[Year:2020] [Month:September] [Volume:21] [Number:9] [Pages:7] [Pages No:970 - 976]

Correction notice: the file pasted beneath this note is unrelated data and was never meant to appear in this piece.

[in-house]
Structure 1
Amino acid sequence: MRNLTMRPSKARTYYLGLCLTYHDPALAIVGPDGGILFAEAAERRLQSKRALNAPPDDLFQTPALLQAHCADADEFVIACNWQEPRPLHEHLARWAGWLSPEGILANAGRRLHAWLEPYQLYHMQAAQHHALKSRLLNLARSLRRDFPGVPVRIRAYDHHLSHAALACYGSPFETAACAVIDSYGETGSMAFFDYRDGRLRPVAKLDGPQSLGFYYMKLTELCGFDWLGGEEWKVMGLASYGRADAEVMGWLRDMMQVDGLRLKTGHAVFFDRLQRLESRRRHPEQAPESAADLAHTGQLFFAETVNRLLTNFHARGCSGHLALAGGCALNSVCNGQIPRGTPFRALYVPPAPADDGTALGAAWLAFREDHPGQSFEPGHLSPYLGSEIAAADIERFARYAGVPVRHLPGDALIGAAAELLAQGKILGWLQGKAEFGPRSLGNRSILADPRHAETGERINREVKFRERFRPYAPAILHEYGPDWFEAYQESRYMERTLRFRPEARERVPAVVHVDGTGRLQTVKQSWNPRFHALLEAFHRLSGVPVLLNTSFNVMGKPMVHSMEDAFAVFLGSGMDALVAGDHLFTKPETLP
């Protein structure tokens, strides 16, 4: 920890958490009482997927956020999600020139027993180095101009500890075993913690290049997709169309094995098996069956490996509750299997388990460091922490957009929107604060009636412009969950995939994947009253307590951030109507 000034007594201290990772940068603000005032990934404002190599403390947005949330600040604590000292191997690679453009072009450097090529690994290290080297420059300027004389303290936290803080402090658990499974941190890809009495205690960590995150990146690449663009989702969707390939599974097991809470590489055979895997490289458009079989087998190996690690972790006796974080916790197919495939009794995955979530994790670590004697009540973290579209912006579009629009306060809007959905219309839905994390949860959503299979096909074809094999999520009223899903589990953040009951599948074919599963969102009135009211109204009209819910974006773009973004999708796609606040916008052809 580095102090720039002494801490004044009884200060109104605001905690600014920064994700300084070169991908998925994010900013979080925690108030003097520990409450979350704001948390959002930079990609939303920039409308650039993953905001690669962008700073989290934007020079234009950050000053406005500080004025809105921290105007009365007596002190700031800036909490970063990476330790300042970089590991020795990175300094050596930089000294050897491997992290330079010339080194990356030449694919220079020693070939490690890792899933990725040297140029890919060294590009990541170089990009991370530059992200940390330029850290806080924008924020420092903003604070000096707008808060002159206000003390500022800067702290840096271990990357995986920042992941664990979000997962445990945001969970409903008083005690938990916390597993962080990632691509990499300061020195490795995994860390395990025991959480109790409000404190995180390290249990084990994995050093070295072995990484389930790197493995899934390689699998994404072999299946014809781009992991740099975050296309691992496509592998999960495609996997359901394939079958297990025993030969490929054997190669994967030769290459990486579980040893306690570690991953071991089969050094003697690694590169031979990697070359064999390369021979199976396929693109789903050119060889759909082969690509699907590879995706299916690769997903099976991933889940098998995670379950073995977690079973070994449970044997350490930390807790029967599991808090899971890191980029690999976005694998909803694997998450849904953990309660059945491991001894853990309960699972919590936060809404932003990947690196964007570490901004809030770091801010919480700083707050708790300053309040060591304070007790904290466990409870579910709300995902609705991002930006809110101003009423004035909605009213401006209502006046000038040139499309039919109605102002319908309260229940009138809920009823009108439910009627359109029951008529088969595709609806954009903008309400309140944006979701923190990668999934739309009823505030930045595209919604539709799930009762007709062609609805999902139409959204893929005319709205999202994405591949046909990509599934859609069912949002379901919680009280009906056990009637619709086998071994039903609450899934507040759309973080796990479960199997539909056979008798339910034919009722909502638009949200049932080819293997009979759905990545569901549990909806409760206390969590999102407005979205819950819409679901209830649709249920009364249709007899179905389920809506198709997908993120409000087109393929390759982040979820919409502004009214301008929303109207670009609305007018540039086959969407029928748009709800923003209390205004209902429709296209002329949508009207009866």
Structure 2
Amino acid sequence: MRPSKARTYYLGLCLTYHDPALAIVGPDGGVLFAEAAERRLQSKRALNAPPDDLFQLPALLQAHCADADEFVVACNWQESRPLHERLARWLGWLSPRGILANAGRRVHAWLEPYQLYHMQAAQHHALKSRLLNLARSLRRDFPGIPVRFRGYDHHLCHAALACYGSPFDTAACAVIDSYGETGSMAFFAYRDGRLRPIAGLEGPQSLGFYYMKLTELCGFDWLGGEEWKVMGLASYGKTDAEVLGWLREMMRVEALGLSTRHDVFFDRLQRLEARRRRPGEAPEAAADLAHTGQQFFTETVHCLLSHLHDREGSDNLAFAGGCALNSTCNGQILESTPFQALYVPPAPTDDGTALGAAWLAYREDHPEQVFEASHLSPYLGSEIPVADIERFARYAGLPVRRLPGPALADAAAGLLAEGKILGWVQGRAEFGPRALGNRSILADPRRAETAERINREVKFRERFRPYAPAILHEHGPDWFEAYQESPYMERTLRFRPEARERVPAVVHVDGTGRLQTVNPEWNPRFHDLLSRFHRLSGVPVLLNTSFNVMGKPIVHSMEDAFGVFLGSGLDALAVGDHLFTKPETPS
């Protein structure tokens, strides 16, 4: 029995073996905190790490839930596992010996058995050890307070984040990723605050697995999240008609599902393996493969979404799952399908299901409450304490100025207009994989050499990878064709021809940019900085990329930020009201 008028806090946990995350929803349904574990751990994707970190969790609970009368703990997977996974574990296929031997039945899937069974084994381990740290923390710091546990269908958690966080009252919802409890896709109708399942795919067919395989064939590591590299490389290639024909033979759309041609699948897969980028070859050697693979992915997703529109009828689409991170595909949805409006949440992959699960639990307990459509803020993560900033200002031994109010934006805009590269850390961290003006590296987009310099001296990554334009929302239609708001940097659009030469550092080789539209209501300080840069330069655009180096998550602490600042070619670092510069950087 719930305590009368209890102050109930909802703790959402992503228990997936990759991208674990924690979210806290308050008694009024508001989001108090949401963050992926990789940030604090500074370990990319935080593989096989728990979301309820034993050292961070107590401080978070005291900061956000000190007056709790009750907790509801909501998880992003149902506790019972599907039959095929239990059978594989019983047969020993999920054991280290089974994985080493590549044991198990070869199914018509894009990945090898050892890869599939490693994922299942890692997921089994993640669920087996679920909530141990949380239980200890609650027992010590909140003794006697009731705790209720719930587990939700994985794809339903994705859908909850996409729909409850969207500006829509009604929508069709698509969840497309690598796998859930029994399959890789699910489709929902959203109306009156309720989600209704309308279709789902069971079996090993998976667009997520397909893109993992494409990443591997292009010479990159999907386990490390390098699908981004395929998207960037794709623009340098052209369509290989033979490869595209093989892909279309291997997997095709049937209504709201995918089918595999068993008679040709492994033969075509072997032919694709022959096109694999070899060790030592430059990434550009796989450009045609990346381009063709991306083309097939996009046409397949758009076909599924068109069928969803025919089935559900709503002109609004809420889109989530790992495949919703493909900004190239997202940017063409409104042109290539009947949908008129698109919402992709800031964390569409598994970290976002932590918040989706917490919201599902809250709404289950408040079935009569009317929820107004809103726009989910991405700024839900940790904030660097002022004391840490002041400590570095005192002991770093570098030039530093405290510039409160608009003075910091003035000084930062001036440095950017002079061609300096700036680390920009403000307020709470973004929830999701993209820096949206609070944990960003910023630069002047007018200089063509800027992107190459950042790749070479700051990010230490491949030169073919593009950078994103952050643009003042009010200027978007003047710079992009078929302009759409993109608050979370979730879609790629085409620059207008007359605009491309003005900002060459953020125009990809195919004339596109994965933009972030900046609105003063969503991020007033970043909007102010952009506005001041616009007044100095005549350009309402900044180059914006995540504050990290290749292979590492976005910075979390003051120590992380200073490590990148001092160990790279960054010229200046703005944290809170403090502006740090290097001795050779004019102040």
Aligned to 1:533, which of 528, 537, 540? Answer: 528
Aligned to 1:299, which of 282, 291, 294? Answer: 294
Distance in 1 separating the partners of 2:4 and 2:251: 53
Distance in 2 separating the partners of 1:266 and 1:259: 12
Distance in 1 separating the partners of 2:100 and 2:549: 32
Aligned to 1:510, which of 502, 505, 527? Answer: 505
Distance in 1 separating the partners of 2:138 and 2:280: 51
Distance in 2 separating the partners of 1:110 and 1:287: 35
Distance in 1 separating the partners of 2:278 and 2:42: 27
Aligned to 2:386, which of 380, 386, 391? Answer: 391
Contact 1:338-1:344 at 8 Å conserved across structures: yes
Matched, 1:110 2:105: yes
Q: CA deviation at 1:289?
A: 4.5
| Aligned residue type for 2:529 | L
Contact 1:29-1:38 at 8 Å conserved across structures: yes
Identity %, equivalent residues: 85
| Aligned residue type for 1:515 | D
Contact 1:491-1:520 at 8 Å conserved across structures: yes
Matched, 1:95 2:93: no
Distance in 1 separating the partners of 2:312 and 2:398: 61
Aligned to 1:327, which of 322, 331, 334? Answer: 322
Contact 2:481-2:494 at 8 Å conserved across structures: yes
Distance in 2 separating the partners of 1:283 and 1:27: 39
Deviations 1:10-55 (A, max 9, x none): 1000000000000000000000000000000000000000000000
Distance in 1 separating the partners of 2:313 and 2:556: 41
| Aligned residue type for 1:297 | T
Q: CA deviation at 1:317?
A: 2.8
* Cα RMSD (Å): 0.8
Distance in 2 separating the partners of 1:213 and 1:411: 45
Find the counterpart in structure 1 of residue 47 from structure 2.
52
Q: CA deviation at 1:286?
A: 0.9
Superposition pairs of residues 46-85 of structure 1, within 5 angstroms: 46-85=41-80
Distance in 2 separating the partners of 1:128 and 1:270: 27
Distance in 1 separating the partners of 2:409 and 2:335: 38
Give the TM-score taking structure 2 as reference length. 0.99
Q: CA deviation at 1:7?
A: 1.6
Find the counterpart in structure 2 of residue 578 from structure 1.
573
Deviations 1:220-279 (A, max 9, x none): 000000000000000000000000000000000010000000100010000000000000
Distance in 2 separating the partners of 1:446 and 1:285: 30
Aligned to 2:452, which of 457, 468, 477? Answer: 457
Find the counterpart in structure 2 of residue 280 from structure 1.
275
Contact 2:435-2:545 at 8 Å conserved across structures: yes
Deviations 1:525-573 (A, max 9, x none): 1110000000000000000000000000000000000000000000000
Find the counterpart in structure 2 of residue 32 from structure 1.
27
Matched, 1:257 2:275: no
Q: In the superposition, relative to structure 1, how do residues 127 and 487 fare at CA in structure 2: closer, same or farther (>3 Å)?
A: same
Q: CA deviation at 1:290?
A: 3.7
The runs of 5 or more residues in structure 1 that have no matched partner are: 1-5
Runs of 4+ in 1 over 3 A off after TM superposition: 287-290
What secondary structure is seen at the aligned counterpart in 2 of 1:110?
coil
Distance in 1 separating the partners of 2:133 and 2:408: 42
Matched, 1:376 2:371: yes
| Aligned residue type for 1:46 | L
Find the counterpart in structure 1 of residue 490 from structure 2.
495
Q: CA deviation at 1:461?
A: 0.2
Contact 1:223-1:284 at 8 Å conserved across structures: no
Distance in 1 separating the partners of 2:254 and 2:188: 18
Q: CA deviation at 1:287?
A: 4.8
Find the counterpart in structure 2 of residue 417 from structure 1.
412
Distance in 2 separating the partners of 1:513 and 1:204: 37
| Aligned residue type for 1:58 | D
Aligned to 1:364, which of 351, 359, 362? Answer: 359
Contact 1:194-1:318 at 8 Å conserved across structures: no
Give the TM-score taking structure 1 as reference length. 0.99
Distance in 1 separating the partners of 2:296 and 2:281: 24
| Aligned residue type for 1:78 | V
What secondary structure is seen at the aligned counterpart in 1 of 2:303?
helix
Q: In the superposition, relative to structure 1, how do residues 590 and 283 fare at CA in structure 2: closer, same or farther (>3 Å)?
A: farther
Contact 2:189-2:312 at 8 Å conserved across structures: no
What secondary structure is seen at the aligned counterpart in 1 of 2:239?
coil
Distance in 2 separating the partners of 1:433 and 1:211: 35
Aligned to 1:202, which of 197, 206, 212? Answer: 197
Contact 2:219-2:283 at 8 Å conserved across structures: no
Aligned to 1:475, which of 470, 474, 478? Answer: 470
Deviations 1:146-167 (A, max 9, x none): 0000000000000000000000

Aim: The aim of this study is to investigate the effectiveness of a combination of an equine-derived, enzyme-treated bone graft and an equine collagen membrane to treat intrabony defects caused by periodontitis. Materials and methods: About 22 patients with a single 1-, 2-, or 3-wall intrabony defect and a probing pocket depth (PPD) of ≥5 mm, who were treated using an enzyme-deantigenated equine bone graft in addition to a collagen membrane and were followed up for at least 10 years, were retrospectively assessed. The plaque index (PI), the sulcus bleeding index (SBI), PPD, and the clinical attachment level (CAL) at each follow-up visit were compared to baseline. Results: The mean PI, SBI, PPD, and CAL were 0.22 ± 0.41, 1.86 ± 0.78, 7.86 ± 1.39 mm, and 8.84 ± 1.86 mm, respectively, at baseline, and 0.25 ± 0.44, 0.12 ± 0.32, 2.59 ± 0.50, and 4.04 ± 0.77 mm, respectively, at the last follow-up. The difference was significant for all parameters (p < 0.001) except PI (p = 0.83). The final CAL gain was 4.8 mm (49.8%). The SBI, PPD, and CAL still significantly improved at the 12-month follow-up visit but not at the 24-month follow-up visit. There were no correlations between either the number of defect walls or smoking and outcomes. In one case, a surgical re-entry at 5 years allowed a clinical evaluation, showing that intrabony defect was repaired with the newly formed bone of the patient. Conclusion: Equine bone granules in addition to an equine collagen membrane effectively and safely treated intrabony defects caused by periodontitis providing long-term results. Clinical significance: Equine-derived bone grafts have been in the market for more than 20 years. However, to the author\'s knowledge, no studies have reported long-term results for the use of this type of bone graft in periodontal surgery. The equine-derived bone granules used in the present study appears a promising option for treating intrabony defects due to moderate to severe periodontitis.